* Ebola spread in Freetown alarms officials
* CDC seeks significant decrease in new cases in weeks
* Govt to restrict seasonal festivities (Adds comment from CDC)
By Emma Farge and Umaru Fofana
FREETOWN, Dec 17 (Reuters) - Sierra Leone said it would start house-to-house searches for Ebola patients on Wednesday and impose internal travel restrictions as part of a new push to combat the epidemic.
The measures are part of a month-long push in and around the capital Freetown by the government, a British taskforce and international groups that aims to make a breakthrough against the disease within four to six weeks.
Sierra Leone, Guinea and Liberia are at the heart of the world’s worst recorded outbreak of Ebola. Rates of infection are rising fastest in Sierra Leone and the country has more than half of the 18,000 confirmed cases of the virus.
“Given the efforts we have undertaken we would expect to see a significant decrease in cases within several weeks,” Tom Frieden, director of the U.S.-based Centers for Disease Control and Prevention, told Reuters during a visit to Freetown.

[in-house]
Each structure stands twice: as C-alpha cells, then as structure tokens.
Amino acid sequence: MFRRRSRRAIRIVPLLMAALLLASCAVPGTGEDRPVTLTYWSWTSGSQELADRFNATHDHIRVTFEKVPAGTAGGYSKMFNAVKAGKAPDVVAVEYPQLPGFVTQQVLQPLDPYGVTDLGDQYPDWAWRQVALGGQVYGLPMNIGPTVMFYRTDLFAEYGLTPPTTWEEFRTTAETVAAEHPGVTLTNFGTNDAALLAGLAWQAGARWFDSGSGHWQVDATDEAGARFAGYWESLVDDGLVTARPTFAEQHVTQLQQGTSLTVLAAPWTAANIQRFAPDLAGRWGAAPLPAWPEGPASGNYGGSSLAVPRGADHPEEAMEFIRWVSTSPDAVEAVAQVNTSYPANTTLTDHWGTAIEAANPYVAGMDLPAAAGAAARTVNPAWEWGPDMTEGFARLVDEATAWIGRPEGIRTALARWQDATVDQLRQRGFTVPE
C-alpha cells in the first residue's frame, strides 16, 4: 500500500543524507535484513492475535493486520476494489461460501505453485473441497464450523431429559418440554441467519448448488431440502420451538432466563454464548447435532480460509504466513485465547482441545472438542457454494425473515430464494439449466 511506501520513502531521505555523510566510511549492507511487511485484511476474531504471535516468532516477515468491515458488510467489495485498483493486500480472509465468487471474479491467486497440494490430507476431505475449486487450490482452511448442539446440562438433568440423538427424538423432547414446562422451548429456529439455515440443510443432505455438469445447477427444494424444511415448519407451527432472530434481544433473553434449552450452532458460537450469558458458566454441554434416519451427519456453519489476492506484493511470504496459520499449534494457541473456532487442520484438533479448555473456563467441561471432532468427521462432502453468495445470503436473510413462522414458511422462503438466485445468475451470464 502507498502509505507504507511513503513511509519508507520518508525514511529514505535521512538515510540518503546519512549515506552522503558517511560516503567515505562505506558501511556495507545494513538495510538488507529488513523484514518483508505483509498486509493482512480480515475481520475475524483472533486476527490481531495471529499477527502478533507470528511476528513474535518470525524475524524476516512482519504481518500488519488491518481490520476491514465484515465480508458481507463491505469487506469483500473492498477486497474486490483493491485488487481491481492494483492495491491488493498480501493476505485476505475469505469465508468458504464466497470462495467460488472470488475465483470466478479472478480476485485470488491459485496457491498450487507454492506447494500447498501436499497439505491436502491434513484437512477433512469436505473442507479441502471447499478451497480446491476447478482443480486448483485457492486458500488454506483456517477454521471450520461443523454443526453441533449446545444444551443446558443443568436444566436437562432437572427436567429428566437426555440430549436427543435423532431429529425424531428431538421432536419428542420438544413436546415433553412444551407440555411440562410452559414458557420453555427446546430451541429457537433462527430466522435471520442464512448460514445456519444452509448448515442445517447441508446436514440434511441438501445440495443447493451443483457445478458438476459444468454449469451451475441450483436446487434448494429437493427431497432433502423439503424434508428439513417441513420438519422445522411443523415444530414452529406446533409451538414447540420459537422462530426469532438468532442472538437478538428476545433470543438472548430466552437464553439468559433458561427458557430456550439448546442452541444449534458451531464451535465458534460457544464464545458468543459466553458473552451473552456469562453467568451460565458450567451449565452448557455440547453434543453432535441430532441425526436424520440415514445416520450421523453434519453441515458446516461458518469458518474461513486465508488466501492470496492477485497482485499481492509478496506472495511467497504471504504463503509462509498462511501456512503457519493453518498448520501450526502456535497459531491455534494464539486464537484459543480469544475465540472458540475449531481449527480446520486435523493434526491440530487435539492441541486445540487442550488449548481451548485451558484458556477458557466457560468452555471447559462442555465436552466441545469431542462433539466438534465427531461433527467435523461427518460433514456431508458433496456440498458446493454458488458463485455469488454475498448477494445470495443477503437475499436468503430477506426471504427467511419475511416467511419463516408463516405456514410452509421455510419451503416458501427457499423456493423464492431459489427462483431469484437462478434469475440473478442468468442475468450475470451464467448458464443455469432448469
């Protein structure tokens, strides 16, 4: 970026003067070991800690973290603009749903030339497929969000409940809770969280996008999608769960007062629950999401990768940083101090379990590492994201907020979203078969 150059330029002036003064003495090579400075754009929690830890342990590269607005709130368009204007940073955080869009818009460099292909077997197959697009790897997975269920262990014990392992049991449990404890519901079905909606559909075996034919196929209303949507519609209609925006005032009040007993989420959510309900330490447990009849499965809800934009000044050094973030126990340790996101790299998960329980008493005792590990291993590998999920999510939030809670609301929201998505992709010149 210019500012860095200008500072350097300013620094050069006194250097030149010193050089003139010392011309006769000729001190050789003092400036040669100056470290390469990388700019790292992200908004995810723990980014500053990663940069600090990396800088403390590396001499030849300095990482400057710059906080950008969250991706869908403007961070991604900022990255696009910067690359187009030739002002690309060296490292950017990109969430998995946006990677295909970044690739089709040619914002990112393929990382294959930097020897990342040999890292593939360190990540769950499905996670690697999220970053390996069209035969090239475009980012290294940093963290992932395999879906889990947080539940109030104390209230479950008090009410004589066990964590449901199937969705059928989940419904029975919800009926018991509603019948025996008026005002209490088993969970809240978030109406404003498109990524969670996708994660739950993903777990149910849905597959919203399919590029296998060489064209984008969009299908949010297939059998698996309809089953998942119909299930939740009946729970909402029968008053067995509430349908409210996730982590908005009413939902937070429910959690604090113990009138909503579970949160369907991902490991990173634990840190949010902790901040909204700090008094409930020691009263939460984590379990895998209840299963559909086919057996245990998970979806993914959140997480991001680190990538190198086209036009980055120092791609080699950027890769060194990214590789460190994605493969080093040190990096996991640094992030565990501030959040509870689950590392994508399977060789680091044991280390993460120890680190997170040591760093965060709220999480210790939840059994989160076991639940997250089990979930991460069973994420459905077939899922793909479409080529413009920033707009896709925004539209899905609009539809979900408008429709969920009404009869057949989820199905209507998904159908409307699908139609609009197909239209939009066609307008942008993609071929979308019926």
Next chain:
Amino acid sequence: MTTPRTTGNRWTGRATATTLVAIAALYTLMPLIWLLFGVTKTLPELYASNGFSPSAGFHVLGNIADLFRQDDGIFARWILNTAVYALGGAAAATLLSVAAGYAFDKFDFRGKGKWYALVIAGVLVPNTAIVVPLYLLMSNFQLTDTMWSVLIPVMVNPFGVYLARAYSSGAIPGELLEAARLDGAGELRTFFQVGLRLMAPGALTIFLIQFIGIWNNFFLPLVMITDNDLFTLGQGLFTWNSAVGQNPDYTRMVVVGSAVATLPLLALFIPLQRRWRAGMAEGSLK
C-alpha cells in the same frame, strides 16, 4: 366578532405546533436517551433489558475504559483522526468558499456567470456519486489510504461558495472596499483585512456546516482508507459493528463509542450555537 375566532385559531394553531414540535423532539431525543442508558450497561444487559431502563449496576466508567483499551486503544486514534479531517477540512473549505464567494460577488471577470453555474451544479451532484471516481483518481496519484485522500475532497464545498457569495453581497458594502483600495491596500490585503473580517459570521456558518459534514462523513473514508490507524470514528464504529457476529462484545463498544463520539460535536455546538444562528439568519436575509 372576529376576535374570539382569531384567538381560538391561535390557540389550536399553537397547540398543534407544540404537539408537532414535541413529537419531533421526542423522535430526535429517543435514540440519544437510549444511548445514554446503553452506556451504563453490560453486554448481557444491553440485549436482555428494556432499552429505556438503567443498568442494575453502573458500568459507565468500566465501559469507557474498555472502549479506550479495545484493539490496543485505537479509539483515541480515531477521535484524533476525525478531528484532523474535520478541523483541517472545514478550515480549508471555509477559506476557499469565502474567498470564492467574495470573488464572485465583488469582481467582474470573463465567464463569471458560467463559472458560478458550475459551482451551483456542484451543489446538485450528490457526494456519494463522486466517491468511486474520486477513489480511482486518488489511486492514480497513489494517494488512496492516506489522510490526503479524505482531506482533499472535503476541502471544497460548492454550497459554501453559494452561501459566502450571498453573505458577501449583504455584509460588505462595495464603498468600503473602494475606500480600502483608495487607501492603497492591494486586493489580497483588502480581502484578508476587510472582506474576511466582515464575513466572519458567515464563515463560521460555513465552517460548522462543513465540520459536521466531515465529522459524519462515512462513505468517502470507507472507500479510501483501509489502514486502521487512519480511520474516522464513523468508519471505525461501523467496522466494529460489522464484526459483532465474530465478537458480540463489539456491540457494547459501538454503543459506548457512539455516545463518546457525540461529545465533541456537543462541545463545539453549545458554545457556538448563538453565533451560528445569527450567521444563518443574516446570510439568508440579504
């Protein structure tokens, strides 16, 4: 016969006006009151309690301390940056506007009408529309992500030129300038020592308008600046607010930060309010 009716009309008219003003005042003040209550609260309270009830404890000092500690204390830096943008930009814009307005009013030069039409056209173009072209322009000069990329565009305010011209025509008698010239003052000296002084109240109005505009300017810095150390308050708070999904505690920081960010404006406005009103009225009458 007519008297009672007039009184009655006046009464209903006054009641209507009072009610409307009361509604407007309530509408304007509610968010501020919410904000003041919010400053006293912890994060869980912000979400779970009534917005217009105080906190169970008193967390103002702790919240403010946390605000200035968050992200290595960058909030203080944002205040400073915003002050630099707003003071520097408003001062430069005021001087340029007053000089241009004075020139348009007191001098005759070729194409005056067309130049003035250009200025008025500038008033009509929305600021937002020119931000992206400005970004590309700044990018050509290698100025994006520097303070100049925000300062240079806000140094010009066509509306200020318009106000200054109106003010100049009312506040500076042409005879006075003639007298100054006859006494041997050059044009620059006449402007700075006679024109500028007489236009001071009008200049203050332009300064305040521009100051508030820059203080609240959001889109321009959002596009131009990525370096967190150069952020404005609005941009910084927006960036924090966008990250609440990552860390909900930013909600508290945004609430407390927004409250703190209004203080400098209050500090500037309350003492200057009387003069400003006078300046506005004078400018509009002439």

Health officials are alarmed by the widespread transmission in Freetown, which is similar to an earlier spread in Monrovia now slowly being brought under control. There is less experience fighting Ebola in urban areas than in rural ones, Frieden said.
Health workers will seek Ebola victims and anyone with whom they have had contact, transporting those infected to new British-built treatment centres, according to a government plan announced this week.
President Ernest Bai Koroma said that, under the new measures, worshippers on Christmas Day must return home after services and other festivities are banned. New Year’s Eve services must stop by 5 p.m. local time (1700 GMT), while New Year’s Day festivities are prohibited.
“This is the festive season where Sierra Leoneans often celebrate with families in a flamboyant and joyous manner, but all must be reminded that our country is at war with a vicious enemy,” he said in a nationwide address.
The government was also imposing restrictions on travel between districts, a ban on Sunday trading and the end of Saturday shopping at noon, Koroma said. He spoke one day after opening an Ebola Community Care Centre outside the capital. (Writing by Matthew Mpoke Bigg; Editing by Giles Elgood)